Parents are often reluctant to give direct ownership of shares to their children. They certainly do not want the children to have a voice in business affairs disproportionate to their wisdom, nor receive significant income that they have not earned. Custodial accounts under state gifts-to-minors acts are not helpful as they terminate at age 18 or 21 in some states.

Non-voting stock provides some relief. While an S corporation may have only one class of stock, S corporations are presently allowed to issue non-voting shares as long as there are no other differences in beneficial interests.

Trusts may be a better answer. Voting trusts can qualify as S shareholders. However, a transfer of stock to a voting trust where the transferor is the trustee will cause inclusion in the transferor's estate under IRC Sec. 2036(b). The other types of trusts which can be S shareholders are the following:

* A Grantor trust, all of which is deemed to belong to a U.S. person, whether the transferor or another;

* A Grantor trust which continues on the death of the deemed owner, but only for 60 days starting on the date of death or two years from the date of death if all the corpus of the trust is included in the estate of the deemed owner;

* A trust to which stock is transferred by will, but only for 60 days following the date on which the stock is actually transferred to it; and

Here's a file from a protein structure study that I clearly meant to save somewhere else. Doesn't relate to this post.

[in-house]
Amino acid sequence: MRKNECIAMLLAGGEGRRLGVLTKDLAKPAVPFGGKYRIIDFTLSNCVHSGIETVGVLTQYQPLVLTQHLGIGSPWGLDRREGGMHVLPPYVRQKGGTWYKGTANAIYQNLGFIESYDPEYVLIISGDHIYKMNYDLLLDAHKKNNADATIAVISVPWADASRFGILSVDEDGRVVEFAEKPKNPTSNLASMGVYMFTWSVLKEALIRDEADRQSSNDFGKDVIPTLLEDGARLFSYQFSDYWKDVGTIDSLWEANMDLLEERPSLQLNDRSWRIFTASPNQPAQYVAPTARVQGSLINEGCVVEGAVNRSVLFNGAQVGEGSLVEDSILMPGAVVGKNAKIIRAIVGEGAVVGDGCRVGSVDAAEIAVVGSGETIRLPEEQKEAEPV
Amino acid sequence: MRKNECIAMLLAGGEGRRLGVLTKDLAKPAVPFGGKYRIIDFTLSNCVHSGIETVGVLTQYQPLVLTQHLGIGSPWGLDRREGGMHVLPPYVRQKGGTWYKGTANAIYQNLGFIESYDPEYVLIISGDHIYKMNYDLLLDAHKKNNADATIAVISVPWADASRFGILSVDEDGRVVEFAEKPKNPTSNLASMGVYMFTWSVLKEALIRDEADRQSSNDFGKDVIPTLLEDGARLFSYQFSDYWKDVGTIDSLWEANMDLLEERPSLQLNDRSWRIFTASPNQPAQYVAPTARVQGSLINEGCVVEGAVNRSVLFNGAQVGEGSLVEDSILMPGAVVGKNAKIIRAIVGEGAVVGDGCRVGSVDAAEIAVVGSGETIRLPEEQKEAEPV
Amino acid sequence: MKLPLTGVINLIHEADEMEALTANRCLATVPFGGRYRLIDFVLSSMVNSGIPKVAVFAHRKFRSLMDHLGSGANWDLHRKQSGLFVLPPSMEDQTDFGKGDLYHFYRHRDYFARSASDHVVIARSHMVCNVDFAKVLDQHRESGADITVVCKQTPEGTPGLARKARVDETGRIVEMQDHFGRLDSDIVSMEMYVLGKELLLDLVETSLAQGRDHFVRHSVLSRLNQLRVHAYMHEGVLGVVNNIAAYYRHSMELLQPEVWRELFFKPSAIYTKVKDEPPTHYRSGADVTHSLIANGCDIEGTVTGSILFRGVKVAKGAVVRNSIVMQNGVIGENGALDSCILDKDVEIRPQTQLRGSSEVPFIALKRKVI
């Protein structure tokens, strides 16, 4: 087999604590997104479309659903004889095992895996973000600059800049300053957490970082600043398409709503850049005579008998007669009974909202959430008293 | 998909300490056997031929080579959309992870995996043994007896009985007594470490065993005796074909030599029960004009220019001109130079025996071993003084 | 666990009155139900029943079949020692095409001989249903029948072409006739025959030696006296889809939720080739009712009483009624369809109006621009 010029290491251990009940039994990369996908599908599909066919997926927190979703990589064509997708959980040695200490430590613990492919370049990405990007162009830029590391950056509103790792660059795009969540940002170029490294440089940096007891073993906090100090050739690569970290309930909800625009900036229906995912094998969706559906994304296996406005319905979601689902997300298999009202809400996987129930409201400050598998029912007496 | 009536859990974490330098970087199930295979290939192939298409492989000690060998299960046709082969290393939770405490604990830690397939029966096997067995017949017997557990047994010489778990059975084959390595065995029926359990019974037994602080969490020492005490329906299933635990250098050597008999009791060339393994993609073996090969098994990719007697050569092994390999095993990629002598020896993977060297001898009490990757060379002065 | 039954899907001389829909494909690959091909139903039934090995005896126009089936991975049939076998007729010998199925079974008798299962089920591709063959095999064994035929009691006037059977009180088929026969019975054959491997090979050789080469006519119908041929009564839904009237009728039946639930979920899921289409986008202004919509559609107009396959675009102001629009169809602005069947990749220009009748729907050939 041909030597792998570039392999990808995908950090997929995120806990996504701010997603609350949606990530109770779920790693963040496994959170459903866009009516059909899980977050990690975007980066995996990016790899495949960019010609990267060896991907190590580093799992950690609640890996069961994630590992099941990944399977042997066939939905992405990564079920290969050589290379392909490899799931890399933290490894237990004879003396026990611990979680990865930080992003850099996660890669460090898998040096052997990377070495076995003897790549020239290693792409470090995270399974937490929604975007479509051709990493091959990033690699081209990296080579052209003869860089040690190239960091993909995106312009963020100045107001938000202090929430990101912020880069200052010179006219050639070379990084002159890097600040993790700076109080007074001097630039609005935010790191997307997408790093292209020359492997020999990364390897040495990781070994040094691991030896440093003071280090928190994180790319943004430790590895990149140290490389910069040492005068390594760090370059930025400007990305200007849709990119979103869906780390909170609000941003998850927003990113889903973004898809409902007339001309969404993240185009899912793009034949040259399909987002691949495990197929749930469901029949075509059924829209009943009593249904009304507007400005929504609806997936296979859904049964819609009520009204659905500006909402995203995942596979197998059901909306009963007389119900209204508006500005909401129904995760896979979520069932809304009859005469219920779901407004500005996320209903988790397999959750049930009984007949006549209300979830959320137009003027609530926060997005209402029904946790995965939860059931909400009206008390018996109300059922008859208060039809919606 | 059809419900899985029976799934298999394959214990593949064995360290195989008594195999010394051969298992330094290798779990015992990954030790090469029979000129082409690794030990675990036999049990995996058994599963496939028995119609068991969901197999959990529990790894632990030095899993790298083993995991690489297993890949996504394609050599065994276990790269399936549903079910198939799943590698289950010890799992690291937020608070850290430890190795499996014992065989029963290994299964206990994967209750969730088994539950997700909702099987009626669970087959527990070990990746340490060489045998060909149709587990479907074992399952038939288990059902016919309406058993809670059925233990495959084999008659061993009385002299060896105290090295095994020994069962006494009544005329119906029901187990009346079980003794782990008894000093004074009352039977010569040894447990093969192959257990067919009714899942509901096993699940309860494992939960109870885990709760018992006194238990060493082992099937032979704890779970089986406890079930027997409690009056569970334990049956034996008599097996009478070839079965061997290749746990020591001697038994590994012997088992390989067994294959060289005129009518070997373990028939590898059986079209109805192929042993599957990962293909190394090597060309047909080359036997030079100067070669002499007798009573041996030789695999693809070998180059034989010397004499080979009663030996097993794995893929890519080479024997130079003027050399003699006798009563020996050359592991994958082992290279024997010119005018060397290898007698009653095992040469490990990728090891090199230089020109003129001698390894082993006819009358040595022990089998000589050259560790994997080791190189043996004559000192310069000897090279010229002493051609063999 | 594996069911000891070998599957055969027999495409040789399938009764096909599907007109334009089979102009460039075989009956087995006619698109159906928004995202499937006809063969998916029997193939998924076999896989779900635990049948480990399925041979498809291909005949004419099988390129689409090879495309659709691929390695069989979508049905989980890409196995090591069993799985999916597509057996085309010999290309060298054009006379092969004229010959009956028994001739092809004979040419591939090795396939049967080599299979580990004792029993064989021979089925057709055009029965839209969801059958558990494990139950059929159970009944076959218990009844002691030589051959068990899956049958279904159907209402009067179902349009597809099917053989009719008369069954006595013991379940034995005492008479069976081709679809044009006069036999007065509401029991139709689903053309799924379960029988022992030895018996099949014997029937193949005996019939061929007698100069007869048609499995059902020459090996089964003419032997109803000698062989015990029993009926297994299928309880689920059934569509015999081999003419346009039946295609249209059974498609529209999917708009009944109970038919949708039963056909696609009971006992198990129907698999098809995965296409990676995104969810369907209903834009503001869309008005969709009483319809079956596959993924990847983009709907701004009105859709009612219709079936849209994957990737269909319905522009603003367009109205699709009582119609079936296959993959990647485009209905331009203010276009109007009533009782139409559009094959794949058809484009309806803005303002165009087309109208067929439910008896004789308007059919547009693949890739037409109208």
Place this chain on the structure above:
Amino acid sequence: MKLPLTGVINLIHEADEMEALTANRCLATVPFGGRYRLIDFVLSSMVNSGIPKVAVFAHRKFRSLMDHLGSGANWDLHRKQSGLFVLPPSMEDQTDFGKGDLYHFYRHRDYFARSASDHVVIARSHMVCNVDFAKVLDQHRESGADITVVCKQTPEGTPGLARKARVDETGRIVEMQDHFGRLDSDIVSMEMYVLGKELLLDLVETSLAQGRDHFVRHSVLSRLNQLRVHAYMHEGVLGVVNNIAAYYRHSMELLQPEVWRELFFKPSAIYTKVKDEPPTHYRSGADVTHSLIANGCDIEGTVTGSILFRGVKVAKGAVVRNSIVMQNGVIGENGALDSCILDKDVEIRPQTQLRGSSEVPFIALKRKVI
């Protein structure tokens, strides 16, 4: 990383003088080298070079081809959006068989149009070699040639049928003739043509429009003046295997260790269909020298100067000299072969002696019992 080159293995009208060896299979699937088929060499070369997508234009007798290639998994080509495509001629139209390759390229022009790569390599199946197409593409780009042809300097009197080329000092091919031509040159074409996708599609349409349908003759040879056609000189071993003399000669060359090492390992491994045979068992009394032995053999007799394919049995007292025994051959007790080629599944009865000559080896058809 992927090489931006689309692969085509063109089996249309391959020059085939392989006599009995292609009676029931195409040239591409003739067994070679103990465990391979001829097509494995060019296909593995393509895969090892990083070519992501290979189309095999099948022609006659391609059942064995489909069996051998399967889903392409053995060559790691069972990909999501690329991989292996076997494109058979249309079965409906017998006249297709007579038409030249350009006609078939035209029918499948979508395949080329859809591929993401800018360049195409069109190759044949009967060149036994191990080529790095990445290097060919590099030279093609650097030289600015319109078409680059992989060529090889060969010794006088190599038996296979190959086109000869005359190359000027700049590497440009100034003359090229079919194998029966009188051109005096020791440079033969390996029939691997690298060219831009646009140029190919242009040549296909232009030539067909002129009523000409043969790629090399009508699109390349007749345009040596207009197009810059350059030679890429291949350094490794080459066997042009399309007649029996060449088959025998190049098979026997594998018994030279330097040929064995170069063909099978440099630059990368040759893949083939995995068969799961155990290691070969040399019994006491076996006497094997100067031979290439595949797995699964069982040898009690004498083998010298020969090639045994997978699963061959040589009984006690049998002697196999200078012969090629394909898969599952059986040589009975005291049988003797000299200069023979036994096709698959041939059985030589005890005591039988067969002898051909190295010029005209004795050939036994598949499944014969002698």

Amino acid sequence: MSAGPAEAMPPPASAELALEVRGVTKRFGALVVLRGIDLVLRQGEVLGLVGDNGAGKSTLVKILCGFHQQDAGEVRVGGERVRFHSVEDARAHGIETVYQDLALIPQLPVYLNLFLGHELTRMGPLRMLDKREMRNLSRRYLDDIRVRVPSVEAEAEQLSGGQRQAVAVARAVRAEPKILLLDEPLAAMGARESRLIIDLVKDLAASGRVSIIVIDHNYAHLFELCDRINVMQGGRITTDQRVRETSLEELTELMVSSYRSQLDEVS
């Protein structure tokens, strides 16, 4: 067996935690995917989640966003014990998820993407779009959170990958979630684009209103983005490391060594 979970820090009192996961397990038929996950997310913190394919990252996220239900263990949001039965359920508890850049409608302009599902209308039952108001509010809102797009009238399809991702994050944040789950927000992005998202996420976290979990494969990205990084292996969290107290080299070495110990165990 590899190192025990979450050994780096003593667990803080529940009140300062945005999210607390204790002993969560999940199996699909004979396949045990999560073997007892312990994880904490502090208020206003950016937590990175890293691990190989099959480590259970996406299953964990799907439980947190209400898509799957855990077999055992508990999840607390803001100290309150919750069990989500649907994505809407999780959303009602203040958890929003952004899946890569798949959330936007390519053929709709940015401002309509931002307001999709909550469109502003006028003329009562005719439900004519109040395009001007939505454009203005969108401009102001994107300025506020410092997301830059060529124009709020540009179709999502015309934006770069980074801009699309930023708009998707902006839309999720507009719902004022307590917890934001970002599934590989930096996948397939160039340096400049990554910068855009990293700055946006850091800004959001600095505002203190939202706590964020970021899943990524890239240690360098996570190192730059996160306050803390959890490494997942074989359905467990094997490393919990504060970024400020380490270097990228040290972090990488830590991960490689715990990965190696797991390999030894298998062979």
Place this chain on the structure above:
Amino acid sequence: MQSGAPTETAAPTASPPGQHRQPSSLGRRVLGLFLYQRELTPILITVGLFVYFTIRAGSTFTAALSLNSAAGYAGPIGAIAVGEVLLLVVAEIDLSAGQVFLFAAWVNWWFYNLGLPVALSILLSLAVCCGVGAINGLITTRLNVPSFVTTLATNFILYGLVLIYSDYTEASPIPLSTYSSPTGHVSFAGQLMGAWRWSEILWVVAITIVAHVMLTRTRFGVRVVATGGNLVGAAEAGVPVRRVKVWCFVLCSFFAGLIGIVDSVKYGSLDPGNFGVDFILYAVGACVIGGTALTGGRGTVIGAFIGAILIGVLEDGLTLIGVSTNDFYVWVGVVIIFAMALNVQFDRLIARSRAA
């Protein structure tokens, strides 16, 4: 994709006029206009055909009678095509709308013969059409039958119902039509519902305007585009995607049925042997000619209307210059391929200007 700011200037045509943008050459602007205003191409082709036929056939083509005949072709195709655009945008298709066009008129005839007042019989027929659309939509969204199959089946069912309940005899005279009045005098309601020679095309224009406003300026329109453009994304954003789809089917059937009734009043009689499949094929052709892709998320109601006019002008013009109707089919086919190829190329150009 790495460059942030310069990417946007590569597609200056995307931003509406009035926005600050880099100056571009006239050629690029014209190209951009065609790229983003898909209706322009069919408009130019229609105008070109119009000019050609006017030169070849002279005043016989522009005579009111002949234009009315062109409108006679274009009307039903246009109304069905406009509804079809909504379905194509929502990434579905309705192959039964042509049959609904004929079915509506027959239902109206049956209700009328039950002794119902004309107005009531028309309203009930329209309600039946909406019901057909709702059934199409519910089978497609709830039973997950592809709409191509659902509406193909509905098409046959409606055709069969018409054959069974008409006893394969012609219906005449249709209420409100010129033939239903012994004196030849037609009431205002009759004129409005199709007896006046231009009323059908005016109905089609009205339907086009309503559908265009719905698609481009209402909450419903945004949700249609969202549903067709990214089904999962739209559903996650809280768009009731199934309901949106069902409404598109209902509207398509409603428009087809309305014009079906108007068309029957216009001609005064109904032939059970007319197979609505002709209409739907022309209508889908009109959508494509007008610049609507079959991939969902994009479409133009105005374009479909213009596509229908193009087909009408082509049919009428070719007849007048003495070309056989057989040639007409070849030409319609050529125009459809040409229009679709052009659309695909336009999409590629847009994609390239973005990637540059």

* A "qualified subchapter S trust."

Special rules are provided for the "qualified subchapter S trust" (QSST), defined as a trust, all the income of which is distributed, or required to be distributed, currently to one individual who is a U.S. citizen or resident, and the terms of which require that 1) there can be only one income beneficiary during the life of the current income beneficiary; 2) any corpus distributed during the life of the current income beneficiary may be distributed to such beneficiary only; 3) the income interest of the current income beneficiary will terminate on the earlier of the termination of the trust or the income beneficiary's death; and 4) if the trust terminates during the income beneficiary's lifetime, all the trust's assets will be distributed to such beneficiary.

If a trust qualifies as a QSST and the income beneficiary files the required election, the income beneficiary is treated as the owner of that portion of the trust property that consists of S corporation stock. The QSST election is irrevocable, and is effective up to 2 months and 15 days before the date the election was made. Separate share trusts under IRC Sec. 663(c) are treated as separate trusts for this purpose.